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Blind


— Medical

Newly identified protein may hold key to preventing diabetes-induced blindness

Diabetic retinopathy is one of a number of nasty effects diabetes can have on the human body. The disease sees the development of leaky blood vessels in the eye that over time lead to permanent loss of vision. Though it is the leading cause of new cases of blindness in American adults, its progress can be slowed by certain drugs or laser treatment. But research has now uncovered a new protein found to drive the condition, raising the possibility of preventing it altogether.

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— Health & Wellbeing

Wearable collision warning device for the visually-impaired

For people with reduced vision, getting around safely without walking into obstacles can be tricky. Those with decent central vision but whose peripheral sight is fading or lost are particularly at risk because they aren't conditioned to be alert for oncoming dangers they can't see. But a new pocket-sized device that sits on a person's chest may make walking much safer for these people and others with visual impairments by warning of impending collisions. Read More
— Medical

Photoswitch therapy restores vision to blind lab animals

A new genetic therapy that helped blind mice and dogs respond to light stimulus could restore sight to people who suffer from diseases such as retinitis pigmentosa (a gradual loss of vision from periphery inwards). The therapy uses chemicals known as photoswitches, which change shape when hit with light, to open the channels that activate retinal cells. Treated mice can distinguish between steady and flashing light, while dogs with late-stage retinal degeneration also regain some sensitivity to light. Read More
— Good Thinking

Touch-sensitive 3D maps guide the blind with spoken instructions

Getting around unfamiliar public spaces can be tough even with all your senses, but if you can't see where you're going it's downright intimidating. A new multi-sensory model promises a brighter future, though, with 3D maps that give spoken directions and building information when touched. The technology comes courtesy of a collaboration between tactile-graphics company Touch Graphics and the University of Buffalo's Center for Inclusive Design and Environmental Access (IDeA Center), and while it was designed specifically to help visually-impaired people, it's also meant to show off the potential of tangible touch interfaces. Read More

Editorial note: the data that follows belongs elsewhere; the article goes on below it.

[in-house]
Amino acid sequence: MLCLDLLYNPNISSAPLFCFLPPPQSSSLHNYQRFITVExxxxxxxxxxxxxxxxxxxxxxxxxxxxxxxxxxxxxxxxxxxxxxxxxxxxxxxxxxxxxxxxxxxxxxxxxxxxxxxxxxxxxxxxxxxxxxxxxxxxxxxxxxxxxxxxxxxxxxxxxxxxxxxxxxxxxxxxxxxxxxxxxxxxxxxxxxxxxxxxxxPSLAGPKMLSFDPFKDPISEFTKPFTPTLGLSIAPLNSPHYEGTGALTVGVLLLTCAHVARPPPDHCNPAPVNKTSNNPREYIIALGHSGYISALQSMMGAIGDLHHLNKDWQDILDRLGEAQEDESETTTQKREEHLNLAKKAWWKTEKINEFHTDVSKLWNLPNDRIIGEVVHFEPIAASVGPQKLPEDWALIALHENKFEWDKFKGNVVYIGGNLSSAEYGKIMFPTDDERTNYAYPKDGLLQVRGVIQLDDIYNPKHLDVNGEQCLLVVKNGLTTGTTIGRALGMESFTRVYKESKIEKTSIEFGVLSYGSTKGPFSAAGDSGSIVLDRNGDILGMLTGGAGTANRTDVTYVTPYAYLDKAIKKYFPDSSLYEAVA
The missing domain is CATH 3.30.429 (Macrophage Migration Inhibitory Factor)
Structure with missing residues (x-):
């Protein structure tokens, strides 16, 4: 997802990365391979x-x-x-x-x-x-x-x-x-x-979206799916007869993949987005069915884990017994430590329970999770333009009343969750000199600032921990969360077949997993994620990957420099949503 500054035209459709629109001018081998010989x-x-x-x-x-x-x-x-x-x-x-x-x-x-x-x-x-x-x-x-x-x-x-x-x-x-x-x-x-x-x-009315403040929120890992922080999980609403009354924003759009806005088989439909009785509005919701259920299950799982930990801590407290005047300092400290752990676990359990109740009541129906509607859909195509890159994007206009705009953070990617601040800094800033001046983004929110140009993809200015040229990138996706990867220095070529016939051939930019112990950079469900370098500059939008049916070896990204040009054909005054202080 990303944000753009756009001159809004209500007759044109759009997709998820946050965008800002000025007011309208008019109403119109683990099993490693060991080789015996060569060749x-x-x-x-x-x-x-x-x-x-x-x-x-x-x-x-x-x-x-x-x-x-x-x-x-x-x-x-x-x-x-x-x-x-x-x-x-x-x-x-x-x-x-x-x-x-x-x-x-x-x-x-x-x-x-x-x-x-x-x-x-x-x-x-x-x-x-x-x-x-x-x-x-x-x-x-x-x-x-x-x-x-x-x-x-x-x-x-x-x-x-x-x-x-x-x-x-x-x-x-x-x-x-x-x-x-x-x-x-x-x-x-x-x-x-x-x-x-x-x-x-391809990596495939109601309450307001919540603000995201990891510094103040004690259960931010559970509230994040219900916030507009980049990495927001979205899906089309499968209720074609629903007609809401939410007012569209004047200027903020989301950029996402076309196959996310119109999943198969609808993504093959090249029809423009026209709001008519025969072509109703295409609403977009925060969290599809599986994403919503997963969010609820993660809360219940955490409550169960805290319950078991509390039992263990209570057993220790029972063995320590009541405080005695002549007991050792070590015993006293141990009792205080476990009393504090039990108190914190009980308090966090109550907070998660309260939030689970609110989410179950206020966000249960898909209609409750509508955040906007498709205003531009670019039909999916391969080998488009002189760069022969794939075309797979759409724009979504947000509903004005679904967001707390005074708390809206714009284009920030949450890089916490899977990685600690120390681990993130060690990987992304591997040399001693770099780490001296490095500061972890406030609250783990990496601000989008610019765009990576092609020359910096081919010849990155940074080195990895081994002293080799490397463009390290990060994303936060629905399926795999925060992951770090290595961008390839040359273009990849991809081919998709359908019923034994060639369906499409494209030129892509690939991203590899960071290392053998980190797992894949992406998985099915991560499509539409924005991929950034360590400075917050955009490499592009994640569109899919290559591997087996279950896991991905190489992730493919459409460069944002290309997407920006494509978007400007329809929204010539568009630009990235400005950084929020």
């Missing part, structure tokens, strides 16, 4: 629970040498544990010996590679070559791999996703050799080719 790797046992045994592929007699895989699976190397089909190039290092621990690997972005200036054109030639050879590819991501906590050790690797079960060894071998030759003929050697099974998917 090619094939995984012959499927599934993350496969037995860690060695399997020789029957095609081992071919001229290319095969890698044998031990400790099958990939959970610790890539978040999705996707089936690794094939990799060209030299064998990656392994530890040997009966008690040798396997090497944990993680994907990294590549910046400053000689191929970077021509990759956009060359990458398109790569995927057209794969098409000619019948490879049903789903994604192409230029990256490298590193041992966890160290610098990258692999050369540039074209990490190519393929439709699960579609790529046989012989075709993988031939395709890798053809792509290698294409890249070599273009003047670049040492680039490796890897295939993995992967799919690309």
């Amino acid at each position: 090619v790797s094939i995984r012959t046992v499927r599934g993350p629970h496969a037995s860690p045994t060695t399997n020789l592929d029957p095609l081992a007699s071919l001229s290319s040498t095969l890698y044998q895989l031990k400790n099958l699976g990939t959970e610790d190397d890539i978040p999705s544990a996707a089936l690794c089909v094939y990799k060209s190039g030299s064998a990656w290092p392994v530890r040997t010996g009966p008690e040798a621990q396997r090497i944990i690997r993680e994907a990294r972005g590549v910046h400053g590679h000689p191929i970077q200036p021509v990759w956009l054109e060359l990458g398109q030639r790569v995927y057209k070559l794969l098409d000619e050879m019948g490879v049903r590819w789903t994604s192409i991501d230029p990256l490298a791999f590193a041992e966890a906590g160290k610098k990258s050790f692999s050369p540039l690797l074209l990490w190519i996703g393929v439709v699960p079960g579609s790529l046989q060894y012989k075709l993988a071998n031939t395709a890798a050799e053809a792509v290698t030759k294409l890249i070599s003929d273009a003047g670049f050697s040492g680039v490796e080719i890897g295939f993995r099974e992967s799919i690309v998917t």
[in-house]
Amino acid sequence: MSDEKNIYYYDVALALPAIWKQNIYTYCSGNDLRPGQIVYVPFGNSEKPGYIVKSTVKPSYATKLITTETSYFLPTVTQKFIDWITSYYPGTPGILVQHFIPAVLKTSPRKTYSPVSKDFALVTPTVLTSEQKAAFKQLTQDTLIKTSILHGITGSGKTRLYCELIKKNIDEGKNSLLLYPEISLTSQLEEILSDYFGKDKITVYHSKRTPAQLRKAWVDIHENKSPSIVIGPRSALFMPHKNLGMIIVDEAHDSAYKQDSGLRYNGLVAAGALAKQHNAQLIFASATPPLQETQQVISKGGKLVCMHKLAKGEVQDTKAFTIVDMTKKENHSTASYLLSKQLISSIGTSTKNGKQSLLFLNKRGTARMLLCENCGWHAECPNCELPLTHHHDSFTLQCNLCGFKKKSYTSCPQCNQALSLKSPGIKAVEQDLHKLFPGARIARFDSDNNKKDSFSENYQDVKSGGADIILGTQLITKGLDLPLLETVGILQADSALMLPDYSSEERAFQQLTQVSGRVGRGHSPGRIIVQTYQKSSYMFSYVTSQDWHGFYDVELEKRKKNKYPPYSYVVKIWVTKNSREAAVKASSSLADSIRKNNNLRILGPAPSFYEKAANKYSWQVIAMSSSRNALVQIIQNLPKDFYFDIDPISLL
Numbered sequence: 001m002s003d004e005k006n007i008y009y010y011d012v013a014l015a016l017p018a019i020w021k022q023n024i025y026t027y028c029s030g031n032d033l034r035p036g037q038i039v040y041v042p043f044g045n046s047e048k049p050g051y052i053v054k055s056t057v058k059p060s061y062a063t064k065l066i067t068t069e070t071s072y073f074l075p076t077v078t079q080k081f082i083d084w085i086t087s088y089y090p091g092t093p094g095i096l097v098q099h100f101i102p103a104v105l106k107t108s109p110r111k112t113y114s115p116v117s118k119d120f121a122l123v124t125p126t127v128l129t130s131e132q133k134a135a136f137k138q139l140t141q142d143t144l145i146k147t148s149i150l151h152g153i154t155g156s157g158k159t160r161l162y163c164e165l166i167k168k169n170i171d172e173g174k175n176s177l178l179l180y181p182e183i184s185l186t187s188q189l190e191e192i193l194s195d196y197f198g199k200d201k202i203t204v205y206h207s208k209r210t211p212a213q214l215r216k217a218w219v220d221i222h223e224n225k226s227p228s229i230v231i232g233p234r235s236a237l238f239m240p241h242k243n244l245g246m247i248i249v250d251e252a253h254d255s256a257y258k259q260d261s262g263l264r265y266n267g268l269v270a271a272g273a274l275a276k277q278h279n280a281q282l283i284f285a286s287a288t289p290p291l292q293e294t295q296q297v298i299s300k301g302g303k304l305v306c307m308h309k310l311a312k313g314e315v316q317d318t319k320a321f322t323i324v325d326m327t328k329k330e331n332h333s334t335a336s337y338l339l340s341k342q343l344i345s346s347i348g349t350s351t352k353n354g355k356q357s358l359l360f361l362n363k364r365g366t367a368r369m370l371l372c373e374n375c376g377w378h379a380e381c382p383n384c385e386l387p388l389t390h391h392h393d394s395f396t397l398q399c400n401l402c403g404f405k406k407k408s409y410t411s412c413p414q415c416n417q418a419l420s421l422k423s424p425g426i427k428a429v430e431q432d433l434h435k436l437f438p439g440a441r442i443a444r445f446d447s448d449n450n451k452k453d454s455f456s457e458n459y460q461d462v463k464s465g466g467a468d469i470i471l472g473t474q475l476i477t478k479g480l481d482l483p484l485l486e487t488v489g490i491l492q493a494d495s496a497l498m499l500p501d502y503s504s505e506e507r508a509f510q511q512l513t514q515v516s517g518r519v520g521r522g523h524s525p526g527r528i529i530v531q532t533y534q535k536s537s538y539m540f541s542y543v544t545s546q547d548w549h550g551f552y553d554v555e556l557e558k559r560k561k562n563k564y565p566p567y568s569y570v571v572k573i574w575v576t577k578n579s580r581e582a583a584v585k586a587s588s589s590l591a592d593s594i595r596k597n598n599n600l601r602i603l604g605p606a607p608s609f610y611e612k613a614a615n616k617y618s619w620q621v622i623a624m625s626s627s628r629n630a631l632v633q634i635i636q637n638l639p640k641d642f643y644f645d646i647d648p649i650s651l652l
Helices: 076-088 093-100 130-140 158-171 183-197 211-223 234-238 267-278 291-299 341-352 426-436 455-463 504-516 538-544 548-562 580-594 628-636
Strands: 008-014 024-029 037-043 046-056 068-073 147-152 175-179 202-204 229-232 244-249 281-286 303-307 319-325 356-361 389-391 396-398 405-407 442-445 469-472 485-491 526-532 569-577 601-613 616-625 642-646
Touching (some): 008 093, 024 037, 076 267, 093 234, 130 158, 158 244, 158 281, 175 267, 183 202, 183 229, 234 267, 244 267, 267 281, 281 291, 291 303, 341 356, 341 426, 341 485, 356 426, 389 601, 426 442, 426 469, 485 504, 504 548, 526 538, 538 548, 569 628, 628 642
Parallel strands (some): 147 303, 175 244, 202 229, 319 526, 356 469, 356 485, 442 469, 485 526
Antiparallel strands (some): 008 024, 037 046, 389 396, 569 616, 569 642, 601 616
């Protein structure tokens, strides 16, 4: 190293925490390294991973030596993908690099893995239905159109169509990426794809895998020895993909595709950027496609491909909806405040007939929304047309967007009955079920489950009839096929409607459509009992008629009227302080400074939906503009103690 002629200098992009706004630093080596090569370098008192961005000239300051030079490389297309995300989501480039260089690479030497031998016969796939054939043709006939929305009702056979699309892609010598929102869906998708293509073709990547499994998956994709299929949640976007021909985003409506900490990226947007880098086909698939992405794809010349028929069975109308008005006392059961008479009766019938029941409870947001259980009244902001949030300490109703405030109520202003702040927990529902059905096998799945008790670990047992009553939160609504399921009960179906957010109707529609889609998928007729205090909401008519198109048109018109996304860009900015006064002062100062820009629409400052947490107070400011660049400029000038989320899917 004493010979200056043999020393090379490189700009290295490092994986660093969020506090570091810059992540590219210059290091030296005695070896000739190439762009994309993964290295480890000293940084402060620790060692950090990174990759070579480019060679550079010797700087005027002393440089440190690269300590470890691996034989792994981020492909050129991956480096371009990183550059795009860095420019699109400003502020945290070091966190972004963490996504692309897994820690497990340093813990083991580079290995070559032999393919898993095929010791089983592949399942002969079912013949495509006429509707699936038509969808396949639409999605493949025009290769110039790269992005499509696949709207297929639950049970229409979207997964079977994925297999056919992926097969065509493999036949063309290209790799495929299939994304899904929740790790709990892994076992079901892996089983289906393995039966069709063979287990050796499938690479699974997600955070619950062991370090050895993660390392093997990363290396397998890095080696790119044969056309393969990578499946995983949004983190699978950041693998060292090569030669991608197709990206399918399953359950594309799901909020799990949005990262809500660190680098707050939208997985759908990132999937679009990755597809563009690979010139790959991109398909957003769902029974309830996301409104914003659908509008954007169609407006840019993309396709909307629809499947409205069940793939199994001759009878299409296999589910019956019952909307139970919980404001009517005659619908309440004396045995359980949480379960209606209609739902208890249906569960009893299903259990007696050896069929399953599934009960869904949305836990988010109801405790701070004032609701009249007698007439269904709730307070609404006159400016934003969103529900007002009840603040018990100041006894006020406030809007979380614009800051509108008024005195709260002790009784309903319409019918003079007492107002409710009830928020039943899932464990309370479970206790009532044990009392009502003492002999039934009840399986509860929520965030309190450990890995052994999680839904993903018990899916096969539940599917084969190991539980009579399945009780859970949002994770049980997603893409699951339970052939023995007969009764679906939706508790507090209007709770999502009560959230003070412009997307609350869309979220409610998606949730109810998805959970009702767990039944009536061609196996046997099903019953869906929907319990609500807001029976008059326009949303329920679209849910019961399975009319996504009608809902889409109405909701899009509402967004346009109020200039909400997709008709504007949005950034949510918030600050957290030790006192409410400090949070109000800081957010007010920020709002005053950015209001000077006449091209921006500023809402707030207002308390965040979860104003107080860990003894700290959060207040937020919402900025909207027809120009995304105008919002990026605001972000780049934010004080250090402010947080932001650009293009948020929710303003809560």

— Good Thinking

SightCompass uses Bluetooth beacons to inform visually impaired of their surroundings

With their GPS capabilities and navigation apps, smartphones have undoubtedly made it easier for us to find our way around. The good news is we are starting to see these benefits extended to the visually impaired. SightCompass is a system that harnesses these strengths of the smartphone and combines them with proximity beacons to inform blind people of their surroundings. Read More
— Medical

Eye pressure-monitoring implant could save glaucoma patients from blindness

Currently, people with glaucoma must have their internal optic pressure (the pressure within their eye) regularly checked by a specialist. If that IOP gets too high, then steps need to be taken to lower it, before vision damage can occur. The problem is, the pressure can change quickly, potentially rising to dangerous levels between those checks. A new implant, however, could make it possible for patients to check their own IOP as often as they like, using their smartphone. Read More
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